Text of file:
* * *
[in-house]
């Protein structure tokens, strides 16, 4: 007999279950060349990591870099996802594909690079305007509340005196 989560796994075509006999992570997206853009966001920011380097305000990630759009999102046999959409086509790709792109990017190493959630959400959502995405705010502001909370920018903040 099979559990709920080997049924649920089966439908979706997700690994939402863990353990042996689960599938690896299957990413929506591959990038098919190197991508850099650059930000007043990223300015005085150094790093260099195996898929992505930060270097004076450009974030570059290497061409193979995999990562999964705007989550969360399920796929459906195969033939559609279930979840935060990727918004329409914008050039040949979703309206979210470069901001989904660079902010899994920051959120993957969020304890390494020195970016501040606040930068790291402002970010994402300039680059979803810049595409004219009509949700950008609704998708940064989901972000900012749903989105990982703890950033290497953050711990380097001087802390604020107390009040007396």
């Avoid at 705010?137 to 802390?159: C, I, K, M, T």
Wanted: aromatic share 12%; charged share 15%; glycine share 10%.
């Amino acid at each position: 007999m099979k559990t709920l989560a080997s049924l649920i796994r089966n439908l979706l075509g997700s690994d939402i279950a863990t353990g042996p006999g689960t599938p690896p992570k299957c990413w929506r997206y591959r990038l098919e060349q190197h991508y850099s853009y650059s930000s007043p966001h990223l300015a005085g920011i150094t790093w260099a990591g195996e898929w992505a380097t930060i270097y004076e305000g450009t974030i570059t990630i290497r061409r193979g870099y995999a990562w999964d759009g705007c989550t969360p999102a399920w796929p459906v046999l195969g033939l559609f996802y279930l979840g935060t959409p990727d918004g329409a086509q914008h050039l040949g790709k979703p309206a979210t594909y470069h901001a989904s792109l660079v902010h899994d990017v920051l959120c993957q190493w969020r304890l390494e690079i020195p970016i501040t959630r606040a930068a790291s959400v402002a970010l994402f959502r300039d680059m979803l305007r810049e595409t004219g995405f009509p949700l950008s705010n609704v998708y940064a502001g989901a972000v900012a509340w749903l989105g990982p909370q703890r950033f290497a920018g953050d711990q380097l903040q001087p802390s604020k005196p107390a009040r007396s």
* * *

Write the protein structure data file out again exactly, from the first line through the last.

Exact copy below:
[in-house]
């Protein structure tokens, strides 16, 4: 007999279950060349990591870099996802594909690079305007509340005196 989560796994075509006999992570997206853009966001920011380097305000990630759009999102046999959409086509790709792109990017190493959630959400959502995405705010502001909370920018903040 099979559990709920080997049924649920089966439908979706997700690994939402863990353990042996689960599938690896299957990413929506591959990038098919190197991508850099650059930000007043990223300015005085150094790093260099195996898929992505930060270097004076450009974030570059290497061409193979995999990562999964705007989550969360399920796929459906195969033939559609279930979840935060990727918004329409914008050039040949979703309206979210470069901001989904660079902010899994920051959120993957969020304890390494020195970016501040606040930068790291402002970010994402300039680059979803810049595409004219009509949700950008609704998708940064989901972000900012749903989105990982703890950033290497953050711990380097001087802390604020107390009040007396």
């Avoid at 705010?137 to 802390?159: C, I, K, M, T």
Wanted: aromatic share 12%; charged share 15%; glycine share 10%.
């Amino acid at each position: 007999m099979k559990t709920l989560a080997s049924l649920i796994r089966n439908l979706l075509g997700s690994d939402i279950a863990t353990g042996p006999g689960t599938p690896p992570k299957c990413w929506r997206y591959r990038l098919e060349q190197h991508y850099s853009y650059s930000s007043p966001h990223l300015a005085g920011i150094t790093w260099a990591g195996e898929w992505a380097t930060i270097y004076e305000g450009t974030i570059t990630i290497r061409r193979g870099y995999a990562w999964d759009g705007c989550t969360p999102a399920w796929p459906v046999l195969g033939l559609f996802y279930l979840g935060t959409p990727d918004g329409a086509q914008h050039l040949g790709k979703p309206a979210t594909y470069h901001a989904s792109l660079v902010h899994d990017v920051l959120c993957q190493w969020r304890l390494e690079i020195p970016i501040t959630r606040a930068a790291s959400v402002a970010l994402f959502r300039d680059m979803l305007r810049e595409t004219g995405f009509p949700l950008s705010n609704v998708y940064a502001g989901a972000v900012a509340w749903l989105g990982p909370q703890r950033f290497a920018g953050d711990q380097l903040q001087p802390s604020k005196p107390a009040r007396s």